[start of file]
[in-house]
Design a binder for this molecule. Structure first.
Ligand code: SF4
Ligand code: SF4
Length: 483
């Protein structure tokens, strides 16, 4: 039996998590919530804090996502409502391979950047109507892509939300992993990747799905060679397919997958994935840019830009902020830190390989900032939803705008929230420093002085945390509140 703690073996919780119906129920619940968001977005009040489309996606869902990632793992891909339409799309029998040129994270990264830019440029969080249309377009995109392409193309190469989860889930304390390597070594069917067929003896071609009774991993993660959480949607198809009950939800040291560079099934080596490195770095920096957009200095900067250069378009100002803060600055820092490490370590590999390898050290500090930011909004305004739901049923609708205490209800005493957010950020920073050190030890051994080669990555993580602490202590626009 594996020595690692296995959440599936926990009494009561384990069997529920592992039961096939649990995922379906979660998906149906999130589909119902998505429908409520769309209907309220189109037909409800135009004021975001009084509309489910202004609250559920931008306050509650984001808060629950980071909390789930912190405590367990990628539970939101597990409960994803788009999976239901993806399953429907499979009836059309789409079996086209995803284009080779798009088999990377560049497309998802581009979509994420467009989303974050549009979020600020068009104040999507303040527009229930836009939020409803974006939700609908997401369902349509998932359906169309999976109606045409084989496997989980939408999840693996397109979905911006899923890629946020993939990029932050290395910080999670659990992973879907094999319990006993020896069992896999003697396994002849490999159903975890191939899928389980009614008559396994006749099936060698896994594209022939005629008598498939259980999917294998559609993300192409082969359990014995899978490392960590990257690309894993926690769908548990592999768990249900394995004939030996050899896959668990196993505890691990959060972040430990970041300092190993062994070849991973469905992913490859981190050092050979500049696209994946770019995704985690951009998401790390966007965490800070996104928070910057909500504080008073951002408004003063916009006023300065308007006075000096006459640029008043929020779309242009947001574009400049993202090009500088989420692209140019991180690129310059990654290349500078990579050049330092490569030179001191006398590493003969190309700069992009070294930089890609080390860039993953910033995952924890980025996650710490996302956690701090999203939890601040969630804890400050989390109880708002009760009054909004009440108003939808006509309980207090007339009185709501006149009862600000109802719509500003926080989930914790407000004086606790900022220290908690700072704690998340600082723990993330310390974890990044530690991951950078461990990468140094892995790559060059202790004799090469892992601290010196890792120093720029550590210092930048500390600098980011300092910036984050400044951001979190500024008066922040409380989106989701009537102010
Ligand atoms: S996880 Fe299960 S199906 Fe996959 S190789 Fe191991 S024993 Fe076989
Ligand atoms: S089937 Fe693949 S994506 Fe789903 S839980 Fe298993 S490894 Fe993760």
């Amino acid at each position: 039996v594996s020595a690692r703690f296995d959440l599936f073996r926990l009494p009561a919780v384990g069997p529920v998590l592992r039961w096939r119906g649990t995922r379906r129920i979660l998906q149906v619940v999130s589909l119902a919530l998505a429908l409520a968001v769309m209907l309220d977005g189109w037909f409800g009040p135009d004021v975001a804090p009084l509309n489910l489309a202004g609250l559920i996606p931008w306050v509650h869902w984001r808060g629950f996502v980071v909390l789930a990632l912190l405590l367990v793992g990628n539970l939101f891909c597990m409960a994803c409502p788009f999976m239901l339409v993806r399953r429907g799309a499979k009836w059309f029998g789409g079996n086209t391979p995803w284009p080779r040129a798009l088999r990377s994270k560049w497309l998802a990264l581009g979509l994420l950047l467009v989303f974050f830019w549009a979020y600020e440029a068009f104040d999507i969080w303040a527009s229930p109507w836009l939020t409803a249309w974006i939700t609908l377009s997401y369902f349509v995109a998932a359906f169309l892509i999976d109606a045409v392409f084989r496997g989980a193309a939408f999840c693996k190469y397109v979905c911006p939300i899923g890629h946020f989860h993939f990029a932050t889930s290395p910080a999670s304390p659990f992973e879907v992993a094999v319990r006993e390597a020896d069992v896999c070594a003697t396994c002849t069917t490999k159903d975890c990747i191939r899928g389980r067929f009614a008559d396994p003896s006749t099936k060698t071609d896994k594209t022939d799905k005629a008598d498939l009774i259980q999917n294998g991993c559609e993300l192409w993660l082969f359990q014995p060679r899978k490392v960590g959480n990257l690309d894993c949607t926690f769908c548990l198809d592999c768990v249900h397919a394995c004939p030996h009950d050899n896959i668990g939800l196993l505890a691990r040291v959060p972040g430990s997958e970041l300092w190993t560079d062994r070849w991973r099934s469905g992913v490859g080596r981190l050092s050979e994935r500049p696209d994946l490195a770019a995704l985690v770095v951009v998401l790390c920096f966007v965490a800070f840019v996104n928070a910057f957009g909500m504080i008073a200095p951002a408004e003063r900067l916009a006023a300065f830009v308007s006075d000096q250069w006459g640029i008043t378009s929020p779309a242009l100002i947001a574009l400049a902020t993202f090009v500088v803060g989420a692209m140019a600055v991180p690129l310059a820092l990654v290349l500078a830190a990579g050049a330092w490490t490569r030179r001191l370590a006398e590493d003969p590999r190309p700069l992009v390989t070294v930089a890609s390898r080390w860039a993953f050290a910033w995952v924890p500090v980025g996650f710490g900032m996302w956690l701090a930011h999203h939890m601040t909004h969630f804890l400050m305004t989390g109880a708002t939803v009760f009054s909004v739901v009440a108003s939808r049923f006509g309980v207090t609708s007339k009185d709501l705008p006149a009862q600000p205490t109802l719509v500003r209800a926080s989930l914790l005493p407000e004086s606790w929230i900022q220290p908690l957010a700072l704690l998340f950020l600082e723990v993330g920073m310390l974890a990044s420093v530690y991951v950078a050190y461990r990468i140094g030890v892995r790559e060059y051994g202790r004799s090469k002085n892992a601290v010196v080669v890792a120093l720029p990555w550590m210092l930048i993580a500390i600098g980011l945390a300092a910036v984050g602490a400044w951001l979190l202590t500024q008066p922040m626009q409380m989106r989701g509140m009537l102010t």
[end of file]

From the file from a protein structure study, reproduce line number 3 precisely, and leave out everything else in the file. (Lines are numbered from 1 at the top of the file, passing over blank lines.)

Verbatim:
Ligand code: SF4